But would deliberate engagement lead to more politically valenced perspectives? One hypothesis posits that system 2 can lead to false claims and worsening discernment of truth. Another, and more popular, account of classical reasoning says that more thoughtful engagement (regardless of one’s political beliefs) is less susceptible to false news (eg, hyperpartisan news).
Additionally, having good literacy (political, scientific, or general) is important for discerning the truth, especially regarding events in which the information and/or claims of knowledge have been heavily manipulated.
Are Believing and Sharing the Same?
Interestingly, believing in a headline and sharing it are not the same. A study that investigated the difference between the two found that although individuals were able to discern the validity of headlines, the veracity of those headlines was not a determining factor in sharing the story on social media.
It has been suggested that social media context may distract individuals from engaging in deliberate thinking that would enhance their ability to determine the accuracy of the content. The dissociation between truthfulness and sharing may be a result of the “attention economy,” which refers to user engagement of likes, comments, shares, and so forth. As such, social media behavior and content consumption may not necessarily reflect one’s beliefs and may be influenced by what others value.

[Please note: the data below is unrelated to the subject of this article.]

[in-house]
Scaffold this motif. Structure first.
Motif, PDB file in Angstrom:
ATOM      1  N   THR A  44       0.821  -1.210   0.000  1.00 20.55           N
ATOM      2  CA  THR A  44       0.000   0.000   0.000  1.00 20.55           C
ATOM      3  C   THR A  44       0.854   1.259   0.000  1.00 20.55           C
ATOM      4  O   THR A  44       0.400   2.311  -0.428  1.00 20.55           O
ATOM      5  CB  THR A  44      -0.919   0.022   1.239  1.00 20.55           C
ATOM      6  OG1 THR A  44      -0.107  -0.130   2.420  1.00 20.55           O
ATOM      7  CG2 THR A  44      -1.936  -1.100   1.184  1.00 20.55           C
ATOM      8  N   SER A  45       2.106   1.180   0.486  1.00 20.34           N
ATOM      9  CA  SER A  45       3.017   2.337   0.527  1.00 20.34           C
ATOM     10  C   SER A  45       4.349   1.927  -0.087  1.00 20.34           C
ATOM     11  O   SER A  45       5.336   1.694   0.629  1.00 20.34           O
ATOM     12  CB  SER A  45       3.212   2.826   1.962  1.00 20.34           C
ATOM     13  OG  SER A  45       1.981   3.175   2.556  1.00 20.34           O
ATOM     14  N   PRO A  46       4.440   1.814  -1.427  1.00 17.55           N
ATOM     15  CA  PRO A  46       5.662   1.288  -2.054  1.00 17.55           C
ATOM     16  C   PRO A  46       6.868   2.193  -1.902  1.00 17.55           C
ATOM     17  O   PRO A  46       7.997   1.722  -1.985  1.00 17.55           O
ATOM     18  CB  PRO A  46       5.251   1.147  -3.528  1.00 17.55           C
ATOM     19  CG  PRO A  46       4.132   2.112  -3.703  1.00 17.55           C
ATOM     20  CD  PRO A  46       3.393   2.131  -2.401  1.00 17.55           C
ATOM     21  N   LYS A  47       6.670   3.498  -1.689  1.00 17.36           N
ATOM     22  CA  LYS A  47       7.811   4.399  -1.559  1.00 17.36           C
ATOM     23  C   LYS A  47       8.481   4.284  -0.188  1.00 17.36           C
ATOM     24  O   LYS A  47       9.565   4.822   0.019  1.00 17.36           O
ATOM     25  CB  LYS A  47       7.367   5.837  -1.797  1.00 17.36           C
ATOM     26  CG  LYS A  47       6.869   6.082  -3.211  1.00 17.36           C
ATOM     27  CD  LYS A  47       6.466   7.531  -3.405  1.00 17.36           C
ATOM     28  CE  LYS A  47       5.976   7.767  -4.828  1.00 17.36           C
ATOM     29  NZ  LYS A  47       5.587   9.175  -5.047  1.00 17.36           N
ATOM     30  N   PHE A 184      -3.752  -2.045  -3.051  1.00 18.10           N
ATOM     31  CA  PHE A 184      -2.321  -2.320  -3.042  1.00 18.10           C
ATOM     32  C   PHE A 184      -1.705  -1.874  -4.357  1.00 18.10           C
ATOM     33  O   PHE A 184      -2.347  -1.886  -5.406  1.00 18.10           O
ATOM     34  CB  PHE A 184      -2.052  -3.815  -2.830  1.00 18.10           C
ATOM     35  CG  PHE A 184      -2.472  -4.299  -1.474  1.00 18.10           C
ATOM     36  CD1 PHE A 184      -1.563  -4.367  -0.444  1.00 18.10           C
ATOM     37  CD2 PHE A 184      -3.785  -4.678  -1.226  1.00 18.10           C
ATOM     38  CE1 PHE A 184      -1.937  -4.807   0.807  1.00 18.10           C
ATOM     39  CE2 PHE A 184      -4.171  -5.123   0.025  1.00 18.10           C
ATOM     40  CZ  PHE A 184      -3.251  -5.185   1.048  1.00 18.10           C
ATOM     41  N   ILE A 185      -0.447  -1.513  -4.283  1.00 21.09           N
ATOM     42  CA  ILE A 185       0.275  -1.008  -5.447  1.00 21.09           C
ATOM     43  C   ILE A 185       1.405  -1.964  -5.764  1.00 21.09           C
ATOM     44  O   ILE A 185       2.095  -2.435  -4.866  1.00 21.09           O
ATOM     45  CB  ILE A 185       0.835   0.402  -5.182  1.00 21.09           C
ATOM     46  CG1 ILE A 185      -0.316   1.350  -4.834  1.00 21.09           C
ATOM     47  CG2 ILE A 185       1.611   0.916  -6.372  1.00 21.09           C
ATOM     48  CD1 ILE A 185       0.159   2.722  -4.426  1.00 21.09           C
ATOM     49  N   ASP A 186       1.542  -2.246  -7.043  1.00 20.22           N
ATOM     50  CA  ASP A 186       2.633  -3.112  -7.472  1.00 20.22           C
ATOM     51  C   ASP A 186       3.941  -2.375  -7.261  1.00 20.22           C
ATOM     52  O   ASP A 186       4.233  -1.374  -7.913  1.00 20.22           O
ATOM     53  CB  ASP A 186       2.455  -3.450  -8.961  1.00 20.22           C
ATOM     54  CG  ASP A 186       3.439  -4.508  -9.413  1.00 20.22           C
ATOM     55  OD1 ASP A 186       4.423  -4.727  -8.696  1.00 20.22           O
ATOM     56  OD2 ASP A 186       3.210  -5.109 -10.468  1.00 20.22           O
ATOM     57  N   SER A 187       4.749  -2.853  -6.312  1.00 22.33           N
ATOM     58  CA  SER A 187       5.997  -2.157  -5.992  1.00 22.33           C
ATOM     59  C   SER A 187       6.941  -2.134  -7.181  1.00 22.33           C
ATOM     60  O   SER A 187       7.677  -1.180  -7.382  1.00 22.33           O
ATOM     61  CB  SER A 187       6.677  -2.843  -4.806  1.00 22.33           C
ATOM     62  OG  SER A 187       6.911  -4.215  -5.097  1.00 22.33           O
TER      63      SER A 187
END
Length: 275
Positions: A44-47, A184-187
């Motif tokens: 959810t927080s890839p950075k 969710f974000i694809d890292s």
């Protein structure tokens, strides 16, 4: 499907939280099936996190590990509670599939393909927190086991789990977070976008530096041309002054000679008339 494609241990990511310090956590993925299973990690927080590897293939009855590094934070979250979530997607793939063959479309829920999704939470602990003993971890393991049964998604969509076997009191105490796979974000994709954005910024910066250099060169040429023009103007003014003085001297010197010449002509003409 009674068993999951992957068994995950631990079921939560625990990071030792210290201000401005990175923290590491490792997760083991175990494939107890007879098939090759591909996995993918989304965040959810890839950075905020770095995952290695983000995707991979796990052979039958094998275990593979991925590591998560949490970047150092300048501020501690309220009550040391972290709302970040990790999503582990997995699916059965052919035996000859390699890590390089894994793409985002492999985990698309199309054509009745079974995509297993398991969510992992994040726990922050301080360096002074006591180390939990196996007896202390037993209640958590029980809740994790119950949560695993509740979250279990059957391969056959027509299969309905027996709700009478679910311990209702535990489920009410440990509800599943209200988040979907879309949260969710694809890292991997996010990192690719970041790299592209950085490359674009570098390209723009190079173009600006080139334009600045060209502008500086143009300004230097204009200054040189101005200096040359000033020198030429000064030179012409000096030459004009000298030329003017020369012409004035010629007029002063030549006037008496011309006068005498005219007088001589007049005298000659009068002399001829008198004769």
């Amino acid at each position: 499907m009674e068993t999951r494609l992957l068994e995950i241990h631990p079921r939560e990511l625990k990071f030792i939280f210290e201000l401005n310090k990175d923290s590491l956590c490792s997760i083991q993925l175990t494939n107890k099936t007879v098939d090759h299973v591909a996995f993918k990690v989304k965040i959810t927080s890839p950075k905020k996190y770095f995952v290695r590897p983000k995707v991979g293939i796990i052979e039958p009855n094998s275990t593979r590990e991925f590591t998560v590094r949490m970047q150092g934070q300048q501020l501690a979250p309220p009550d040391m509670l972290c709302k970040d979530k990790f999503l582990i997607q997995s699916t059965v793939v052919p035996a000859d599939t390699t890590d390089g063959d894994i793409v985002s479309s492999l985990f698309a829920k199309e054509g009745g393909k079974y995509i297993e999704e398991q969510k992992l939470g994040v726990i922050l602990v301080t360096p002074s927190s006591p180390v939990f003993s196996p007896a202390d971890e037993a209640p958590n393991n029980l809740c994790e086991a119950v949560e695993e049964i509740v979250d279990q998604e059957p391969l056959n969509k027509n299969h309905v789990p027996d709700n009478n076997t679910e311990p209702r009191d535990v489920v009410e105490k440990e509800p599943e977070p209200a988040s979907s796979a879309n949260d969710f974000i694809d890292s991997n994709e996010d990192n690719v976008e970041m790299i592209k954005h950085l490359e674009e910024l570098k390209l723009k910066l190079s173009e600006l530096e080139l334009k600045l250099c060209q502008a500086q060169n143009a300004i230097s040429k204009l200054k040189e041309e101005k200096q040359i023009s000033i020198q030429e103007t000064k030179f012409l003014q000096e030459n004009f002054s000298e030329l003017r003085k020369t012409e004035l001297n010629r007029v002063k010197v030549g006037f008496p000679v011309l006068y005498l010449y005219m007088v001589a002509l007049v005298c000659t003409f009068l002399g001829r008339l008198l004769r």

To combat the spread of misinformation, it has been suggested that proactive interventions ― “prebunking” or “inoculation” ― are necessary. This idea is in accordance with the inoculatiion theory, which suggests that preexposure can confer resistance to challenge. This line of thinking is aligned with the use of vaccines to counter medical illnesses. Increasing awareness of individual vulnerability to manipulation and misinformation has also been proposed as a strategy to resist persuasion.
The age-old tale of what others think of us versus what we believe to be true has existed long before the viral overtake of social media. The main difference today is that social media acts as a catalyst for pockets of misinformation. Although social media outlets are cracking down on “false news,” we must consider what criteria should be employed to identify false information. Should external bodies regulate our content consumption? We are certainly entering a gray zone of “wrong” vs “right.” With the overabundance of information available online, it may be the case of “them” vs “us” ― that is, those who do not believe in the existence of misinformation vs those who do.
Leanna M. W. Lui, HBSc, completed an HBSc global health specialist degree at the University of Toronto, where she is now an MSc candidate. Her interests include mood disorders, health economics, public health, and applications of artificial intelligence. In her spare time, she is a fencer with the University of Toronto Varsity Fencing team and the Canadian Fencing Federation.